Rabies – Controlling The Threat

Rabies. Almost everyone knows how scary this disease is- because it is fatal to both people and pets. Most people believe that rabies is well under control due to vaccinations and regulations. But what you may not know is that every spring and summer, we see an emergence of rabies. Worse yet exposure to rabies can happen in your own backyard.

The reason rabies continues to be of concern each year is because of a “spillover” of the rabies virus that lives in the wildlife population. Spring and summer are the seasons when most wildlife is very active and on the move, and there is an increased exposure of our pets to wildlife – even if you live in the city. While it is true that the majority of rabies cases occur in wildlife, most exposure to humans occurs when they are bitten by a domestic animal that has been exposed to rabies. That is why current rabies vaccinations are so important for our pets.

The primary wildlife reservoir hosts are bats, skunks, raccoons, foxes, coyotes, and wild dogs. These are also the wildlife that our pets are most likely to encounter. Some people are under the assumption that their pet is not exposed to wild life, but I have had 3 cases in the last month where the dog or cat picked up a bat that had fallen into to backyard or had flown into the house through the chimney. The primary hosts vary in different parts of the country. Keeping both dogs and cats vaccinated, and limiting your direct contact to wildlife is the best way to protect you and your pets from rabies. Rabies vaccination regulations also vary from state to state and your veterinarian is your best resource for rabies information.

Still, with all of the knowledge and vaccination protocols available, each year, there are rabies incidents reported in people, so it is important to know what to do if you think you may have been exposed to rabies. The rabies virus is usually transmitted in the saliva through a bite. Everyone should consider ANY animal bite – whether from wildlife or pets – as an emergency and get prompt medical attention. Animal bites should also be reported to your local animal control so that proper quarantine measures can be taken if necessary.

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Any wildlife animal that bites a person or pet will be euthanized and tested for rabies immediately. But what if the bite is from a domestic animal? If a person or pet is bitten and the dog or cat is vaccinated and appears healthy at the time of the bite, the pet can be confined by its owner for ten days and observed. No anti-rabies shots would be required. Unvaccinated pets may be required to be euthanized and tested. If the owner is unwilling to do this, the pets must be quarantined for six months and vaccinated before release. If a vaccinated pet is bitten by a rabies suspect, the pet must be kept under observation for 45 days.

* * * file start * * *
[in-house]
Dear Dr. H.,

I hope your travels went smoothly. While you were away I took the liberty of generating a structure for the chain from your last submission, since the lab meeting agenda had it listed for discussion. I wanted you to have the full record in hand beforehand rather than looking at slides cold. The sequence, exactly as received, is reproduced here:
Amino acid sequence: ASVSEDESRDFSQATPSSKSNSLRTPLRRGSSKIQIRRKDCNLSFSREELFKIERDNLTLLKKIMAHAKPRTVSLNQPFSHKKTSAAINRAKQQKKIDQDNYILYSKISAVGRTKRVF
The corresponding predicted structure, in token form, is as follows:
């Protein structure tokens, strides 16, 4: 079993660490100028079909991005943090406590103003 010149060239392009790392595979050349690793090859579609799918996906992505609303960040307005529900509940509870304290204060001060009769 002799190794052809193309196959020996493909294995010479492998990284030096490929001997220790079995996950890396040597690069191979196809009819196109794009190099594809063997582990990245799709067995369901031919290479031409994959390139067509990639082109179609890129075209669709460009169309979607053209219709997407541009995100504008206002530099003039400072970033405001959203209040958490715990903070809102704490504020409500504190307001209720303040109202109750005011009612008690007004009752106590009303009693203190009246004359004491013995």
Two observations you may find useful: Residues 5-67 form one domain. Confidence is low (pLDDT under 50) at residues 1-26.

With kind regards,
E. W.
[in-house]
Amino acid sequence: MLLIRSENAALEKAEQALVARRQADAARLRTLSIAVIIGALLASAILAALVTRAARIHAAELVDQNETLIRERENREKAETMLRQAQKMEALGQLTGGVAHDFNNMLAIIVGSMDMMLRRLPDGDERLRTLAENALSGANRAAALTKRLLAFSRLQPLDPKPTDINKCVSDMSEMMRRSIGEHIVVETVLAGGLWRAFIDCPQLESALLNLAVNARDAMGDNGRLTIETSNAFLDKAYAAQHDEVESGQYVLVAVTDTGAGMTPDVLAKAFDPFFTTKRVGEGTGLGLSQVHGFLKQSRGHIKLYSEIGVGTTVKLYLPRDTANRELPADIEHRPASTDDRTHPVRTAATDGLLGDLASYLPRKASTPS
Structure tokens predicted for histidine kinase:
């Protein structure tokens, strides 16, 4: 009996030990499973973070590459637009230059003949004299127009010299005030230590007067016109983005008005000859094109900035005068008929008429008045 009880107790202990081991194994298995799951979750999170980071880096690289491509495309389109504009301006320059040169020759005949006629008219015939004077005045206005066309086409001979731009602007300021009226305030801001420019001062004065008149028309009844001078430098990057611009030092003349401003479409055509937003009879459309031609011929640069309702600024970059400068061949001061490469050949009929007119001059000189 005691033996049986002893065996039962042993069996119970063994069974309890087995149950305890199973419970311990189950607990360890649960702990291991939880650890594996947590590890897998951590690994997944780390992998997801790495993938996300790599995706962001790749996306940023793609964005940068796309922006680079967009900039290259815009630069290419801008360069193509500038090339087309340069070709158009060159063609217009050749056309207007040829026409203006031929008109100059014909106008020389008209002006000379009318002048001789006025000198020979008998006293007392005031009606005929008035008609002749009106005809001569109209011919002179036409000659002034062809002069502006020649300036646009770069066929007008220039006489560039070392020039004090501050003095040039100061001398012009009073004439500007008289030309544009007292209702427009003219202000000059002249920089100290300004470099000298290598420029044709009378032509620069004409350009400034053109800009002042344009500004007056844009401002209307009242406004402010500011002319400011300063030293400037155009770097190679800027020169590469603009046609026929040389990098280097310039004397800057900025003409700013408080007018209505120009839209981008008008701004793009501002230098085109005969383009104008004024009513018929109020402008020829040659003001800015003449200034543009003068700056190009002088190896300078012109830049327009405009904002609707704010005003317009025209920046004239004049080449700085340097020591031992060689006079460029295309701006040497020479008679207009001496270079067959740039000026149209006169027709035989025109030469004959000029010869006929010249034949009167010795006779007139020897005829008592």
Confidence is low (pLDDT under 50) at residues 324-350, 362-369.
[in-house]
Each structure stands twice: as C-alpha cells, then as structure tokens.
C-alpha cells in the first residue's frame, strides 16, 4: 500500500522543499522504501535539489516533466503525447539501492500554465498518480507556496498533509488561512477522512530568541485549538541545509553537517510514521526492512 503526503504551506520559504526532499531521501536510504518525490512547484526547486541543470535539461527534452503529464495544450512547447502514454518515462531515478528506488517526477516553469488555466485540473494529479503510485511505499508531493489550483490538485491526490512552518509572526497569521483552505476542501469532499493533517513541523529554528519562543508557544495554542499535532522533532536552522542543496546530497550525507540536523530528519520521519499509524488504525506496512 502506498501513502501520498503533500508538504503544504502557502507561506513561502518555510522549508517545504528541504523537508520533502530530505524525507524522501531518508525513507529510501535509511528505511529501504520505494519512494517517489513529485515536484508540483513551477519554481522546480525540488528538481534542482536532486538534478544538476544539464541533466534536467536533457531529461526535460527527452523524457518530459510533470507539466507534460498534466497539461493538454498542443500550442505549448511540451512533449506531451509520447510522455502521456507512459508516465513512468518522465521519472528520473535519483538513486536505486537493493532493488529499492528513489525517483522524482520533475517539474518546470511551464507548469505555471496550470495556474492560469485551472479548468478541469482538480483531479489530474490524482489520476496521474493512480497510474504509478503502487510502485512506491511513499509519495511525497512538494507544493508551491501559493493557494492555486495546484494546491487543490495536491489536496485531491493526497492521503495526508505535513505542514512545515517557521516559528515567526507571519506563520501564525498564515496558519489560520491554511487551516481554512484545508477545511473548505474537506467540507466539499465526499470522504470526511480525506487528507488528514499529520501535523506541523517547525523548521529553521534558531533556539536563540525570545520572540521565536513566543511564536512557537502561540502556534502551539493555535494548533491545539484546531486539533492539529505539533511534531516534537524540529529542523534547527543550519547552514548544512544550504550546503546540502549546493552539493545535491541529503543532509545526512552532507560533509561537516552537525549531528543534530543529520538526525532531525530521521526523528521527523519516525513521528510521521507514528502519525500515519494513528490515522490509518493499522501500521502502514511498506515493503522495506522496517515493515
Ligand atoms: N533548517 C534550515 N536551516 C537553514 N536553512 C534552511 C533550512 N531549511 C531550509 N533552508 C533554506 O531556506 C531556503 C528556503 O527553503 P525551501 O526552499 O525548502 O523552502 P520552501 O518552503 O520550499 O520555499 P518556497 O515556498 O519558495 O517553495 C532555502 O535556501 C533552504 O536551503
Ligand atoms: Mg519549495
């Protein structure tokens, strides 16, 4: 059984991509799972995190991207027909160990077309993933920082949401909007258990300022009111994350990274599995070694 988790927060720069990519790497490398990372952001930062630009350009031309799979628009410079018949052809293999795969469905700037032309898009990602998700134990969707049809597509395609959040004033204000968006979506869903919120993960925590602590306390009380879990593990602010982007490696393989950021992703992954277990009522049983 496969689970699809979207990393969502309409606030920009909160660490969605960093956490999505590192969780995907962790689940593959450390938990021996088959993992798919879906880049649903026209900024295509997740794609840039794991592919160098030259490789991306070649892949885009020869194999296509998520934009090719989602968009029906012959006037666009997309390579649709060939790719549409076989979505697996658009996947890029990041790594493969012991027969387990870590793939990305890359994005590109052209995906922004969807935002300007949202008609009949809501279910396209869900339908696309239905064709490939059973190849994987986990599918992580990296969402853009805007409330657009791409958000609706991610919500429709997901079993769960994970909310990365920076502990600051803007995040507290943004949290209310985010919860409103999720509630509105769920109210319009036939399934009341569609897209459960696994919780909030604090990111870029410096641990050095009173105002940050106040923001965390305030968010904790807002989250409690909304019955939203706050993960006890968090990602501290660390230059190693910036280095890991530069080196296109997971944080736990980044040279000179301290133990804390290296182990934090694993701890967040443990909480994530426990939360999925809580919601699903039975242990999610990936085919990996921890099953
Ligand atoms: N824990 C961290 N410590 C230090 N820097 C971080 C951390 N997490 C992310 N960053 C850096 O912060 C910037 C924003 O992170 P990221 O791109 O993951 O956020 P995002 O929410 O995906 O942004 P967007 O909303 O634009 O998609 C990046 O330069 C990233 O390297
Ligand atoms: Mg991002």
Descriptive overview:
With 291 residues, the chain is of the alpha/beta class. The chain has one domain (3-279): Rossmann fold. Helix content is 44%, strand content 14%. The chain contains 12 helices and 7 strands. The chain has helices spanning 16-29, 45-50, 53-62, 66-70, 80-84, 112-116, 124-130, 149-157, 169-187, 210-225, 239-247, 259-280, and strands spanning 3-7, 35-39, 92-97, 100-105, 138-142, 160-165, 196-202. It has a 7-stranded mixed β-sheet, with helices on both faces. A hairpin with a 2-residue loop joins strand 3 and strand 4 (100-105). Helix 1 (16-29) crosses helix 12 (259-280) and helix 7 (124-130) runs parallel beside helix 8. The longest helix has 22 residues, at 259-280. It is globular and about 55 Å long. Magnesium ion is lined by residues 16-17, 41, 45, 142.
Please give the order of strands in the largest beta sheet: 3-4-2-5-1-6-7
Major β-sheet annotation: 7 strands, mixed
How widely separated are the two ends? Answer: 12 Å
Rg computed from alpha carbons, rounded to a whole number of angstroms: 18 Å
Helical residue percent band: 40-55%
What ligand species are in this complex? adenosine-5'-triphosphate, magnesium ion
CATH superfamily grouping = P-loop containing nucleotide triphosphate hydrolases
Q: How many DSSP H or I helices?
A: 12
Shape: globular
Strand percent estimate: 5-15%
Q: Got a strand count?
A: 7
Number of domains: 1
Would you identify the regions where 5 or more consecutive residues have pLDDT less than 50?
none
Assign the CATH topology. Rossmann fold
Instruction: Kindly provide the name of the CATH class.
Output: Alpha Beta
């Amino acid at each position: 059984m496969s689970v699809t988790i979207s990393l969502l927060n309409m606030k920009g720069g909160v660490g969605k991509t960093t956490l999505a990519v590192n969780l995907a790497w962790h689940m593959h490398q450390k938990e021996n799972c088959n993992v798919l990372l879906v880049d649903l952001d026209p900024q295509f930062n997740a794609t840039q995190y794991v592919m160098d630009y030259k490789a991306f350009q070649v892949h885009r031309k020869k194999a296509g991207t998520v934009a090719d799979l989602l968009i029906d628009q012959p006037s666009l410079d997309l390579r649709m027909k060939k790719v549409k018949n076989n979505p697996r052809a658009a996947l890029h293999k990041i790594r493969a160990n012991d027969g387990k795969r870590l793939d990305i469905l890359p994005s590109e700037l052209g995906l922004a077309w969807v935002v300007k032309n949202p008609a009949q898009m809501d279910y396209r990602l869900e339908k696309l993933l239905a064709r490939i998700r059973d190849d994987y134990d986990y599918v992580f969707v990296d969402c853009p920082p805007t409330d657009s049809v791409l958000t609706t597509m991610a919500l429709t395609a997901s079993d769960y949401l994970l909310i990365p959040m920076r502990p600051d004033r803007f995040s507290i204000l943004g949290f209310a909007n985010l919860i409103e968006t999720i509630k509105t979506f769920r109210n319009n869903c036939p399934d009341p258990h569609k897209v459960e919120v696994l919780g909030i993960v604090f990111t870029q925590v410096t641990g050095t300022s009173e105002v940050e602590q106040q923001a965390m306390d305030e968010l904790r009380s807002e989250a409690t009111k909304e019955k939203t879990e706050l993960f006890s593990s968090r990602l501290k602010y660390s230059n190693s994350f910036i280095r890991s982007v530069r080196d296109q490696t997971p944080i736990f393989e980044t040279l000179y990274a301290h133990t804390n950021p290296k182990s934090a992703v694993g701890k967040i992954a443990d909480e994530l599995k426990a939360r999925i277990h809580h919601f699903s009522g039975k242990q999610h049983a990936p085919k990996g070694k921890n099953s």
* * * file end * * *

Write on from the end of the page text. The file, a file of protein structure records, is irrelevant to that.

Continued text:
The reason for these time periods is due to the incubation time of the rabies virus in the host. Studies show that unless the virus is shed in the saliva, it is not transmitted. Only late in the disease when the virus has reached the brain and caused an encephalitis does the virus shed in the saliva and therefore able to be transmitted. Most of the signs are very obvious within three to five days of the quarantine and observation period.

Rabies vaccination for your pets – dogs and cats – is still the number one prevention you can take. Keep proper rabies and identification tags on your pets at all times. Always maintain control of your pets, and have them spayed or neutered to help reduce the number of stray animals in your community. Report any stray or wildlife animals to your local animal control. Do not try to capture an animal yourself. Consider any stray animal as a rabies risk.

Caring for Your Cat’s Teeth

We all know how important good dental hygiene is for our own health, but many cat owners are unaware that this is true for their pets too. Dental disease is one of the most common preventable illnesses in pets, affecting more than 75% of dogs and cats over three years of age. Infections of the teeth and gums can cause pain, loose teeth, and damage to internal organs like the kidneys and heart. All of this can be avoided by practicing proper dental care techniques.Caring for your Cat's Teeth

Dental Disease in Cats
The term dental disease includes a variety of ailments. The most common of these is periodontitis. Plaque, a soft mixture of bacteria, food, and saliva accumulates on your cats teeth, especially near the gums. The plaque hardens to become tartar. The plaque and tartar irritate the tissues around the tooth and its root. This starts out as gingivitis (reddened gums). Infections and abscesses develop around the tooth, resulting in bad breath, bleeding, pain, and tooth loss. Infected, bleeding gums allow bacteria to enter the bloodstream and circulate throughout the body, damaging the kidneys and heart.

Another common condition in cats is Feline Odontoclastic Resorptive Lesions (FORLs). This is a big word for kitty cavities that occur on the sides of the teeth, near the gum line. They cause the tooth to erode, exposing the pulp to infection or causing the tooth to break. They are also associated with severe inflammation of the gums. Unlike cavities in people, the cause of FORLs is not well understood. Fluoride may have a preventive benefit. If your cat develops a kitty cavity your veterinarian will advise you about the necessary treatment and care, which may include tooth restoration or extraction.

Dental Examinations
Each time your cat has a routine physical examination, your veterinarian will check his teeth and gums. He is looking for buildup of plaque or tartar, reddened gums (gingivitis), bleeding, broken teeth, and other problems. Your cat should receive a dental exam at least once or twice a year. If you notice problems like breath odor, drooling, or difficulty eating, he should be examined right away. The sooner that dental disease is identified and treated, the better the outcome.

Professional Care
Most cats require professional dental cleanings and periodontal care periodically. If your veterinarian detects signs of gingivitis or tartar accumulation during the exam, he will recommend a professional cleaning in order to halt the progress of periodontal disease.